Twitter, Tweet and Tube
By Bonnie Knutson Professor, The School of Hospitality Business/MSU | May 18, 2010
. Now watch the 2 minute 26 second video clip entitled, Social Media Revolution. If this doesn't give your thinking a new twist, nothing will. The term "social media" is a relatively new part of our lexicon. And, like many things in our lives, its meaning is in the so-called eye of the beholder – or should I say in the keyboard strokes of the consumer.
For some, it may mean Facebook, MySpace, or LinkedIn. To others, it may mean blogs, chat rooms, YouTube, Twitter, and Wikipedia. However you think about it, in essence, social media is simply a cluster of online tools that people can use to share information – their profiles, opinions, perspectives, insights, and experiences. And they are changing the dynamics of a hotel's marketing and communication more quickly and forcefully than any other technology since the invention of the printing press. Before social media outlets took hold, promotional communication was basically controlled by the hotel brand. The who, what, where, when, why, and how of messaging was dictated by owners, managers, advertising agencies, and marketing VPs. They decreed what the message said, when it was delivered, to whom it was sent, and how it was sent. But that is no more. Hotels have lost total control of their message. Social media has democratized the hype and the role of both the brand and its customers. It has taken the conversation from a one-way function of B-2-C (business to customer) to a two-way conversation between B and C and more critically, between customer and customer – or perspective customer. Or as one marketing executive quipped, My brand image is in the hands of the inmates!
Social media is quickly moving from the fringe of marketing communication into the mainstream. An estimated eight out of ten U.S. businesses are already using social media to garner leads or drive traffic to its website, and 48% of them are increasing their social media budgets.
Even luxury brands such as Dolce & Gabbana, Neiman Marcus, and Saks 5th Avenue are starting to integrate social media tactics into their promotional strategies. They are discovering that it is no longer enough to have a website so they are exploring a variety of social networking tools to decide which fit best with their image, or whether should they use them all. They are thinking that it will a more powerful message to have an outfit featured on a blog post or on a Facebook page than merely on their websites because blogs and Facebook are really "word of mouth" advertising, and can be seen by millions of Facebook "friends." On the other hand, their websites are seen as just another paid advertisement and only seen by those that click through to the page. Think about the potential for your hotel here – things to do and see, new services or facilities, special events, activities, business and leisure experiences. Forward looking hotels will examine their many online options to determine which, if any, will effectively support the brand's overall positioning strategy.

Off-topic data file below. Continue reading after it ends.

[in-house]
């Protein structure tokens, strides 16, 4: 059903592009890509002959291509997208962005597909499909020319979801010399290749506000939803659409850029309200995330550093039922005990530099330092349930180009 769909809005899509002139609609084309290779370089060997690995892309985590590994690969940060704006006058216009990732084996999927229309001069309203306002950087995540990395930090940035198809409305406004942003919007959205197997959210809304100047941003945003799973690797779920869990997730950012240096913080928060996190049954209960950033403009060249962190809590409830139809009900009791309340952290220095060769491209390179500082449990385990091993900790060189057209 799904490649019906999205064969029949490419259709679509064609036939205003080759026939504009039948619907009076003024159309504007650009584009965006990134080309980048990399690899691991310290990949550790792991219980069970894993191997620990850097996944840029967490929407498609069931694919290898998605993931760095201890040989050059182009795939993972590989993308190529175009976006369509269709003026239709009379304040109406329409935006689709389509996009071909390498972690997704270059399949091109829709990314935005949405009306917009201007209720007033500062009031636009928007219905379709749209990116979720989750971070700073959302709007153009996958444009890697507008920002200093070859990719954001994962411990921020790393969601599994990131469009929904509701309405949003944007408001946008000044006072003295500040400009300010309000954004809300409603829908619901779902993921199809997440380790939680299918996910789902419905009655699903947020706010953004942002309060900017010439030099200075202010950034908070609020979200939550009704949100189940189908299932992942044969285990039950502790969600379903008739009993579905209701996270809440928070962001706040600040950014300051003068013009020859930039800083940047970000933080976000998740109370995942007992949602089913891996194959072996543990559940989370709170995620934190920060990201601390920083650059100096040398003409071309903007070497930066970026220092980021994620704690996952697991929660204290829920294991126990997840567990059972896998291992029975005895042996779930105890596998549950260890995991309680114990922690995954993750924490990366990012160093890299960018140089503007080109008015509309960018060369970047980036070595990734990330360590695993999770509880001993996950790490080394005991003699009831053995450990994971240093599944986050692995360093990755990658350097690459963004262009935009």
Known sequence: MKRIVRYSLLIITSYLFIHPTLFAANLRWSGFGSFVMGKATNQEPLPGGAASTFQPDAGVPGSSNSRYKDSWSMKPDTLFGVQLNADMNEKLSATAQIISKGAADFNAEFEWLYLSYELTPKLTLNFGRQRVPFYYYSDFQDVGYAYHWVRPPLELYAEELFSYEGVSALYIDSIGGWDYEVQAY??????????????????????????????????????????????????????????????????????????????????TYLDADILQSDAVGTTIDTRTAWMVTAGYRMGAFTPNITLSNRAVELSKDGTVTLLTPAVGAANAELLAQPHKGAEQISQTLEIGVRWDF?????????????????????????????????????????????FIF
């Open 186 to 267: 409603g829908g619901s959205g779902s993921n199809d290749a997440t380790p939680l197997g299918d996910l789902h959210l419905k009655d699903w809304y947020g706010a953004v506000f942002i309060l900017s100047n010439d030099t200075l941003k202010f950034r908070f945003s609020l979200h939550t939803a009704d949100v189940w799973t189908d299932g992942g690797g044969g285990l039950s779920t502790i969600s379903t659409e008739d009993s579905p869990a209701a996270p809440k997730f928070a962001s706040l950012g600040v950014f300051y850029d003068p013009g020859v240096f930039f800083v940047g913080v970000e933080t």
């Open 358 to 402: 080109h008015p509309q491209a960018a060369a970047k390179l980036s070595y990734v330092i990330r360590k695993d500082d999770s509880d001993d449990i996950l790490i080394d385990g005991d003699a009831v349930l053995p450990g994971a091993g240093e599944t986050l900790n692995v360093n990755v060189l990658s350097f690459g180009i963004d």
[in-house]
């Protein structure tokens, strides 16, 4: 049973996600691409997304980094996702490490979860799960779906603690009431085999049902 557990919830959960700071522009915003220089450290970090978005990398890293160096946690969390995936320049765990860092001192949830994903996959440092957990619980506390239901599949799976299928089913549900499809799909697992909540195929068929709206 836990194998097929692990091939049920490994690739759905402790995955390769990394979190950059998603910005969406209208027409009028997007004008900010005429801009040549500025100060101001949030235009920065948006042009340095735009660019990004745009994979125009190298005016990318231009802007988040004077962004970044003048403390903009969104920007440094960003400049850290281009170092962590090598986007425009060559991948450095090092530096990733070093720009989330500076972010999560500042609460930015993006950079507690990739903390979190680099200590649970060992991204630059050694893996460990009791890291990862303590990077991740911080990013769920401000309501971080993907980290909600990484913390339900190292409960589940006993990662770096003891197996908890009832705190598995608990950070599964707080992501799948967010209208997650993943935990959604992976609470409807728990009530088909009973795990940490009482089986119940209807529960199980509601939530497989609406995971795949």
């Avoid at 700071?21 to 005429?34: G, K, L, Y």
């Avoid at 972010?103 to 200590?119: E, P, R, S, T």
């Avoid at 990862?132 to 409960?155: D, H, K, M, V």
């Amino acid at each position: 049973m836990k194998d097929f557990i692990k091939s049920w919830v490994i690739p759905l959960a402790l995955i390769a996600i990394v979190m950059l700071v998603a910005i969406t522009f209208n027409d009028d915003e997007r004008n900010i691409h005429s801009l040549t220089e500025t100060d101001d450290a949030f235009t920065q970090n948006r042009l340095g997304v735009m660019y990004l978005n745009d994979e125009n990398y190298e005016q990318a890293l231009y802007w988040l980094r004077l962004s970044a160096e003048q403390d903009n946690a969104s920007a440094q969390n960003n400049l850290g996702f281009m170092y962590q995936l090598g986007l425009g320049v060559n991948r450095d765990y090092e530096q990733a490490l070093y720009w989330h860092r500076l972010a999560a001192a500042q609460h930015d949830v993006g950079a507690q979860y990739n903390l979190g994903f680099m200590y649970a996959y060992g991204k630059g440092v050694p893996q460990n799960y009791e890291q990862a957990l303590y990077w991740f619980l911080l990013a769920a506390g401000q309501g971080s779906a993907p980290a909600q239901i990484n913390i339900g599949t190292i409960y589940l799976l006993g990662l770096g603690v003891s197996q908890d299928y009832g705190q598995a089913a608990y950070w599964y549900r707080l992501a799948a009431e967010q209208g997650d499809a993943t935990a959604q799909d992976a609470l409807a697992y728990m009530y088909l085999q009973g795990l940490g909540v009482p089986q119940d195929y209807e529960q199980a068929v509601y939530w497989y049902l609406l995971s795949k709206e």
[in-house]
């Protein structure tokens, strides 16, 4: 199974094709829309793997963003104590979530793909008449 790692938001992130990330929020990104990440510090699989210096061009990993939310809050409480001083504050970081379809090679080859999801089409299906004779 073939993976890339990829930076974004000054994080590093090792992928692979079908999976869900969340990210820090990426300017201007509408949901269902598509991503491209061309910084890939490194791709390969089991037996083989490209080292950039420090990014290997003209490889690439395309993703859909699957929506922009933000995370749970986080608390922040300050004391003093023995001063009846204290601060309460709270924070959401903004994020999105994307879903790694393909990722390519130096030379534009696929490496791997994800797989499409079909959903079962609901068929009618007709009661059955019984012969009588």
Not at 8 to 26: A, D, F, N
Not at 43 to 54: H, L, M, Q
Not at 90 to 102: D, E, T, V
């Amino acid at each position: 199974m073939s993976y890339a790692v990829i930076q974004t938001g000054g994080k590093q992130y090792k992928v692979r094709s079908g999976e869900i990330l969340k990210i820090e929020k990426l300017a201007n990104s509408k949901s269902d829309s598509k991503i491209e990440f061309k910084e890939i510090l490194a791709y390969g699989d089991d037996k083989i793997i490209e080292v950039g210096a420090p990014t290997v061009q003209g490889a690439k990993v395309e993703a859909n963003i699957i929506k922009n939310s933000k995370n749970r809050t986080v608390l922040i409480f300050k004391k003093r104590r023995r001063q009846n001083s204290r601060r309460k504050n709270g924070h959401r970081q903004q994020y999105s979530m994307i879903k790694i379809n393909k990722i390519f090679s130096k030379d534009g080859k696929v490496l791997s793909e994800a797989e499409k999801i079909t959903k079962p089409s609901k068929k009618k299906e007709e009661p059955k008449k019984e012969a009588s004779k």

The basic theory here is that of "swarm marketing." Fueled by connectivity, digitally linked communities (i.e. consumers) are thought to behave similarly to a swarm of bees or a school of fish. That is, they tend to move together. The digital influence of a single guest (often called an "influencer") can quickly become the actions of 100 guests. Think of the profound stimulus this could be to your marketing efforts. By carefully integrating various Internet communication platforms, your hotel can explore unique ways of communicating with current and prospective guests and enhancing a sense of community among them. Examples of hotel brands successfully using social networking are starting to surface. Some have a Face book page where guests can post "postcards" about their brand experiences. This encourages them to know each other outside the hotel's environment, building a greater sense of community. Others have set up Twitter accounts so that guests can "tweet" their friends and family about their hotel experiences – often in real time. Still others use blogs to gather opinions about possible hotel events, or to update guests on renovations taking place in their facilities. And, of course, you, as owner or manager, could establish your own blog to disseminate updates and behind-the-scenes looks at the latest trends, events, programs, products, or services.
As hotels continue exploring social media as potential communication tools, their use can become more valuable because they can also be used for surveys, polls, competitive scouting, and idea generation. After all, if your guests find something in another hotel experience that might work at your property, they could blog, tweet, or post a picture to a photo gallery to spark your innovative thinking.